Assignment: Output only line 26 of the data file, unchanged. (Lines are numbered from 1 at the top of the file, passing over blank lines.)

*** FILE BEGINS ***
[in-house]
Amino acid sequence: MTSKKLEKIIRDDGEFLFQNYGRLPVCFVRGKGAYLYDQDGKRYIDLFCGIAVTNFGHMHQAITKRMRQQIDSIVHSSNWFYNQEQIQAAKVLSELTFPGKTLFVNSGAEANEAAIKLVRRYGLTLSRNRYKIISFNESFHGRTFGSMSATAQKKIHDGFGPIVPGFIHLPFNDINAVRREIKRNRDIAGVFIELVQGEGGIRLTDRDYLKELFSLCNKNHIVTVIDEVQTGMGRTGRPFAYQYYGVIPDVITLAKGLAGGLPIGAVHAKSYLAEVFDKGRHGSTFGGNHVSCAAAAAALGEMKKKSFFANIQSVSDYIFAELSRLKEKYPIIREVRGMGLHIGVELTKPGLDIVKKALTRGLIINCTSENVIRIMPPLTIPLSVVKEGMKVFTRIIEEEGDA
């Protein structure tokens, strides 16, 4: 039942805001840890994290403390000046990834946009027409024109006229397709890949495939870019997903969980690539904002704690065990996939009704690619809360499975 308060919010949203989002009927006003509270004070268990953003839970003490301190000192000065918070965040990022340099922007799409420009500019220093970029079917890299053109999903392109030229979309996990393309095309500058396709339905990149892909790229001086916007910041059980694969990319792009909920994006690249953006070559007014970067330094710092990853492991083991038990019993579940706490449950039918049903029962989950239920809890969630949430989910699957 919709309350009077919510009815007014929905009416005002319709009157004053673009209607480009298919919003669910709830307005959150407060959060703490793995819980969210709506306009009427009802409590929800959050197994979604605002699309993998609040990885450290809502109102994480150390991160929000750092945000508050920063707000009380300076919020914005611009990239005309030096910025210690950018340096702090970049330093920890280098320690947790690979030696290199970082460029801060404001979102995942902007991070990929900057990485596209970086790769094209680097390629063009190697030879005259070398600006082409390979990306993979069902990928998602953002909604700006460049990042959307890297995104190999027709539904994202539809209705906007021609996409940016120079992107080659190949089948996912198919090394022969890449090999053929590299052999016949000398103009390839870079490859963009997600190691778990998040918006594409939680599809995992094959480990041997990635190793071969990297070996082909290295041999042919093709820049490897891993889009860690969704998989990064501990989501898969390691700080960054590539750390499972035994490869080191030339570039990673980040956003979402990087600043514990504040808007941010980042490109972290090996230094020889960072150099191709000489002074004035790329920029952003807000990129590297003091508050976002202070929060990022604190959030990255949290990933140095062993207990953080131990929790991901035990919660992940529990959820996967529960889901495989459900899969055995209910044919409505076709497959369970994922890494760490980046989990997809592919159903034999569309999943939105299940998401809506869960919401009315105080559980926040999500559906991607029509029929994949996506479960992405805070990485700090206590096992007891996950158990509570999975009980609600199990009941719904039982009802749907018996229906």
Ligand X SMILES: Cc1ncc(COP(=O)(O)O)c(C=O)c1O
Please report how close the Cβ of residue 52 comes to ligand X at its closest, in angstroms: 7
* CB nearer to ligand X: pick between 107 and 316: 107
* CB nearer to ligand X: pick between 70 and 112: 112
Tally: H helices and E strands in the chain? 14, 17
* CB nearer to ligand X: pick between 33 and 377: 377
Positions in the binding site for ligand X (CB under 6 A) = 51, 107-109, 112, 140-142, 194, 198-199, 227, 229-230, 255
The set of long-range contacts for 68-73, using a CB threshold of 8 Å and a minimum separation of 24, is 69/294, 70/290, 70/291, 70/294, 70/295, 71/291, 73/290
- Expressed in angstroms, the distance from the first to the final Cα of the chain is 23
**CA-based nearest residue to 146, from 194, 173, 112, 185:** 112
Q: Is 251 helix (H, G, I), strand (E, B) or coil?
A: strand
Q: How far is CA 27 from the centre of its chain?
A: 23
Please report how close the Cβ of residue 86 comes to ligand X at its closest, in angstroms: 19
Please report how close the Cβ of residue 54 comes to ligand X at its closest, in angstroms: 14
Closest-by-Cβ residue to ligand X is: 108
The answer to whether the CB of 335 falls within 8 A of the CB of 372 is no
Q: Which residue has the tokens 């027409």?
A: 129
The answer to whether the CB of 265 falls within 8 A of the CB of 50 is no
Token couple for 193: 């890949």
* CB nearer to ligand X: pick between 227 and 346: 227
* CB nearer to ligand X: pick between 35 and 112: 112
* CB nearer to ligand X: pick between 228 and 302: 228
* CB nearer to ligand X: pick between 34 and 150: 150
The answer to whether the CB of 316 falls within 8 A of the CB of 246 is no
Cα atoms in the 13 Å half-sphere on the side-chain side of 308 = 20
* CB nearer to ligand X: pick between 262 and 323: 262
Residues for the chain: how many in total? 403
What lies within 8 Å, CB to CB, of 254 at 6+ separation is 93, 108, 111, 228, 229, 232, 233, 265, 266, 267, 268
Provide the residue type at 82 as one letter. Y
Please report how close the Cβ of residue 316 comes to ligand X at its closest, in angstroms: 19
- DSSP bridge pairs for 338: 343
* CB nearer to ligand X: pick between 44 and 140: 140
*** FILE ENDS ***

* CB nearer to ligand X: pick between 227 and 346: 227